Taste the Season: Skip the Dining Hall Tonight


As temperatures drop, jackets get thicker, and schoolwork begins in earnest, we also observe two changes in color: the leaves, which turn from green to red and yellow, and the CVS candy aisle, which turns first to orange and then to green and red.

If we’re to believe the recent buzz about eating locally and seasonally, the progression of seasons should be accompanied by more pronounced changes in our diet—perhaps more butternut squash. As it is, the only edible indication of our tilting away from the sun is the repackaging and reshaping of that most artificial of foods—candy.

With our dining hall lifestyle, it only makes sense that we notice the changes in one of the few foods we actively choose for ourselves. It is a sad state when we eagerly anticipate the shift from pumpkin-shaped dyed sugar to reindeer-shaped dyed sugar, but complacently accept eating hangover chicken breast after hangover chicken breast.


Although Harvard University Dining Services (HUDS) has made a commendable effort to integrate local and seasonal foods into our monotonous diets, the proof is not in the pudding. Our dining halls and their all-inclusive meal plans supposedly exist to foster a culture of learning, even at mealtime. But those looking for information about why we should eat sweet corn in the summer and root vegetables in the winter will find few explanations.

In some ways, the answer is obvious: sweet corn is ripe in the summer, and root vegetables last into the winter. But the simplicity of this answer exposes the error of the HUDS campaign. Seasonal eating is the natural result of having a close relationship with our food. We should eat the right foods at the right times not because we blindly follow what we’re told, but because we’ve actually experienced where our diets come from. Otherwise, we’re just subscribing to a packaging campaign, albeit less obvious than the colorful plastic wrappers at CVS.

We’re not suggesting radical action. One of us (Marianne) ventured into a field to detassle corn at 14 and quit after an hour of the hot sun and the mosquito bites. The other (Aliza) grew up in a home sustained by local organic produce co-ops, but still annually rushes to CVS to buy large quantities of discounted Valentine’s Day candy in the dawning hours of February 15th. We haven’t checked the “subsistence farmer” box on the e-recruiting Web site, and neither should you.

It’s a given that we do most of our eating in an environment that’s probably as far removed from the roots of our food as possible: not only does someone else pick the crops, but someone else plans, cooks, and arranges our diets as well. Our only opportunity for action lies in picking out the plumpest, juiciest hangover chicken from among its 19 pathetic fellows. But there are chances to reconnect with food when we dare to go beyond the confines of Mather Dining Hall.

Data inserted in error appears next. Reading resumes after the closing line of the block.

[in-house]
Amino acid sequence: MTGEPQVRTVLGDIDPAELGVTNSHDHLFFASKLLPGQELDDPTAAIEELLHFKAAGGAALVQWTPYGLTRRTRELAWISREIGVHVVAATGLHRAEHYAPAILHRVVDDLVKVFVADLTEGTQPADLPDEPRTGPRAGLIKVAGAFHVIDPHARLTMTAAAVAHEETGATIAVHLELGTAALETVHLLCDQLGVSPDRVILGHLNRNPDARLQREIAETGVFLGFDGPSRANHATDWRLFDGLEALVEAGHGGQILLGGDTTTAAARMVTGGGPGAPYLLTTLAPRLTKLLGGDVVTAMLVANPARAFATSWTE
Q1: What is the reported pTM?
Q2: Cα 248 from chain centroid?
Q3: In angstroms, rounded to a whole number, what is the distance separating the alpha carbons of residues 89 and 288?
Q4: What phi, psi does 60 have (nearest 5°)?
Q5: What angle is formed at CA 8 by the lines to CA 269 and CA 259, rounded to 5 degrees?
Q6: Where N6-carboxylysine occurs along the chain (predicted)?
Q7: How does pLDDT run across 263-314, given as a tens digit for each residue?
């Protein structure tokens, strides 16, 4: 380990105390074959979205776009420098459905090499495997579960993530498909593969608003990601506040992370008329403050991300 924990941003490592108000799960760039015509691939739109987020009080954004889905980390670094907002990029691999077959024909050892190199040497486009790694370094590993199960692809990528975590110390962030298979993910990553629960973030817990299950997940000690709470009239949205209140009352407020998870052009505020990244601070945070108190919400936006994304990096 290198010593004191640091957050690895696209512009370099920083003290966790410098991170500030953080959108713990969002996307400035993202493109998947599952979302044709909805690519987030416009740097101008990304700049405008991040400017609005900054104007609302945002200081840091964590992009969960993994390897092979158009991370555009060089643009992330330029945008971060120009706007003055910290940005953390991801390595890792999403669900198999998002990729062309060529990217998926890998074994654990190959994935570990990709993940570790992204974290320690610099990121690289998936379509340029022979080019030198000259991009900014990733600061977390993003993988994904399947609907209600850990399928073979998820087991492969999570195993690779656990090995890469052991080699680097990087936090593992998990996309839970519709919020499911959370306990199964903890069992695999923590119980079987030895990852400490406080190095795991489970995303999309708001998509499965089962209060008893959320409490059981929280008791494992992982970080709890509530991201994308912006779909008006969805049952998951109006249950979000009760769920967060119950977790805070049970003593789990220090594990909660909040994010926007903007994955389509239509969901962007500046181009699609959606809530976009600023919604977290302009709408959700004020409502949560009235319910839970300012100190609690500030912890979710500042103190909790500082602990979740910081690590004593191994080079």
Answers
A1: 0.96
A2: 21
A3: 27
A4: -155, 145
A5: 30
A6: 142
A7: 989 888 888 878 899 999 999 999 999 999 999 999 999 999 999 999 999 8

One of the more obvious (but also more difficult) options is to visit a local farm and spend an afternoon picking produce. Even buying the “freshest” tomatoes in your gourmet supermarket cannot compare to plucking the plumpest, juiciest tomato off a vine from among its 19 shining comrades. Strawberries, raspberries, and apples also taste amazing when eaten fresh from the plants, and it’s not hard to find farms that invite visitors to take part in the picking process.

For those who can’t make it out to the fields, the well-organized HUDS farmers’ market sets up camp near the Yard every Tuesday, providing a symbolic buffer between the chemicals of Science Center laboratories and the ostensibly natural food of Annenberg. It offers students an ample opportunity to not only eat local produce, but also to speak with the people who grow it.


Even if you’re just going out to eat, you can still take an active role in your eating education. Asking whether fish, fruit, or vegetables are fresh isn’t only a good way to show off your foodie status to your friends; it also provides a chance to learn about where your meal comes from (though it’s unlikely any waiter worth his salt will confide that the trout has actually been sitting in the kitchen for several days).

Finally, don’t neglect the important task of making excursions to CVS to buy your seasonal candy yourself. Watching those wrappers turn is a good way to keep your yearly biorhythms in step.

—Staff writer Aliza H. Aufrichtig can be reached at Staff writer Marianne F. Kaletzky can be reached at


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